The bell jar
Among many other things, a coming-of-age novel where a flickering sense of determination sets the protagonist off in a downwards spiral into the dark.
It took me 20 years of anticipation to borrow and read this novel and my expectations of the modest number of pages were high. I also didn't want to wait too many years to read it, since the main character Esther Greenwood is such a young person and it can be read as a bildungsroman.
What to say about such an iconic novel, by an author with such a unique voice? One aspect that I appreciated was to experience the mid-20th Century in fashion, infrastructure and everyday life. I can smell the typewriter ink, feel the car upholstery and hear the clicking of the telephone dials while reading.
There is a theme of duality in The bell jar that I found interesting. Despite Esther's inability to commit to any of her dreams and plans for the future she often expresses determination in the moment. Even if her mind can quickly be changed it is most determined for a few precious minutes or seconds. Her many dreams are of both the untamed and prosaic kind and while she cannot wait for her life to start, she keeps coming to the conclusion that she cannot bear to go on living.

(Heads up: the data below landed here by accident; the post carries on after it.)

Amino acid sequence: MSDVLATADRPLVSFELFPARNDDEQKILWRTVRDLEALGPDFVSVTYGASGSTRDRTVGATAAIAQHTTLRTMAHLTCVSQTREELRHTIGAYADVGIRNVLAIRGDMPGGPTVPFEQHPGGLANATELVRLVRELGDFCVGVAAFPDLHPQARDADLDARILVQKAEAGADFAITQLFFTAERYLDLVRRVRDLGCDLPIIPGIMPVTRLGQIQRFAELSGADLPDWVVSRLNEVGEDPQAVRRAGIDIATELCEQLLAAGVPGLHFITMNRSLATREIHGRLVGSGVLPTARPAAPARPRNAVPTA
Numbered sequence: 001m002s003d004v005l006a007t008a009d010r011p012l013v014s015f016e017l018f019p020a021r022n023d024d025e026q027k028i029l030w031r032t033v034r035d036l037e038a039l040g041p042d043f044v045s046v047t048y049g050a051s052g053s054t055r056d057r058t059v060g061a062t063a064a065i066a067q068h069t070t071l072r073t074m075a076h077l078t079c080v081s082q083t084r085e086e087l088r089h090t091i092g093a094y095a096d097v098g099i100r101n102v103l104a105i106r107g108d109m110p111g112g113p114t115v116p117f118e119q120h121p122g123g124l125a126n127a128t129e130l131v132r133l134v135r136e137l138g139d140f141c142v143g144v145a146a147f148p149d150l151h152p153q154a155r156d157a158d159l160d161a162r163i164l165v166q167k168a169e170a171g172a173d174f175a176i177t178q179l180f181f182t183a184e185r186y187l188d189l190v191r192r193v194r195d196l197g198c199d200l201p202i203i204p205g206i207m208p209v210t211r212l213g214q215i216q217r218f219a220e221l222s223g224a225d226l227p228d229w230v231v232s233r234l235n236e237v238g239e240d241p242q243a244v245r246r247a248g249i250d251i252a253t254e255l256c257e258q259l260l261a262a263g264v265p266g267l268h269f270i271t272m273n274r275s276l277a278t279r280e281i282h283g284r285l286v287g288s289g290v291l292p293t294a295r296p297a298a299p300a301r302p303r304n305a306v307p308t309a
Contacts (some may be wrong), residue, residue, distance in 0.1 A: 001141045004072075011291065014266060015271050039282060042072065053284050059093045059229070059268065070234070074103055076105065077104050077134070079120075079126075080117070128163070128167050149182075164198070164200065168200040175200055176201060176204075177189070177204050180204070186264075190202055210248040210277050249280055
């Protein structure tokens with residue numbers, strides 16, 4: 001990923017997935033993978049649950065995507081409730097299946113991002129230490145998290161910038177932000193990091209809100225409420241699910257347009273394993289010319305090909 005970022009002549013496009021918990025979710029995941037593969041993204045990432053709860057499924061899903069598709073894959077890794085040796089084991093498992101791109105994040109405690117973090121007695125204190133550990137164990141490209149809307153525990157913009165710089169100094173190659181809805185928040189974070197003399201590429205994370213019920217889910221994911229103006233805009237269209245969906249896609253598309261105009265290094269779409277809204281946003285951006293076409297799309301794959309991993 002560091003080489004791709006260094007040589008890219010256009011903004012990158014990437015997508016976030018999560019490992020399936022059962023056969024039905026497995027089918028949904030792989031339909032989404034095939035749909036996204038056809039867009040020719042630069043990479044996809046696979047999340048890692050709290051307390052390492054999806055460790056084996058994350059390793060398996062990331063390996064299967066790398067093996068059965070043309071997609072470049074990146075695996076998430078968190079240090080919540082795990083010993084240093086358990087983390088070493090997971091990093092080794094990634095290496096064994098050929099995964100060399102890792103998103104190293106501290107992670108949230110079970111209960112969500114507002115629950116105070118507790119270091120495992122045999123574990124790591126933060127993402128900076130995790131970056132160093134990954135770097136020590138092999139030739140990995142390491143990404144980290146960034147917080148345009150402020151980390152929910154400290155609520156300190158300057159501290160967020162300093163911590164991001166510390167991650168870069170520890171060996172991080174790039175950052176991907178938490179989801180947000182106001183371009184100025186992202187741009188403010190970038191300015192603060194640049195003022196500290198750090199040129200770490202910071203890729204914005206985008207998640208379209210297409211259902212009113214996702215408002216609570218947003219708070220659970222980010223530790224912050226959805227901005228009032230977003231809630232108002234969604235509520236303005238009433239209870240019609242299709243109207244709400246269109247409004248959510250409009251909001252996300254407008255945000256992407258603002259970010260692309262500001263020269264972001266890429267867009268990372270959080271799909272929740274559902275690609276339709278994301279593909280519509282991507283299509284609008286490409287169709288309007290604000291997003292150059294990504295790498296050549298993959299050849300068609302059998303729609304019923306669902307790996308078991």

Excellent prose and poetry
I had recently done an academic analysis of some of the poems in Sylvia Plath's masterpiece Ariel and, as it turns out, I am in awe of her prose as well. I recognise themes and details that she incorporates in both works. I recommend this book to anyone who does not feel 100 percent grown-up and, if you have the tiniest fragment of an interest in poetry, look up Ariel too.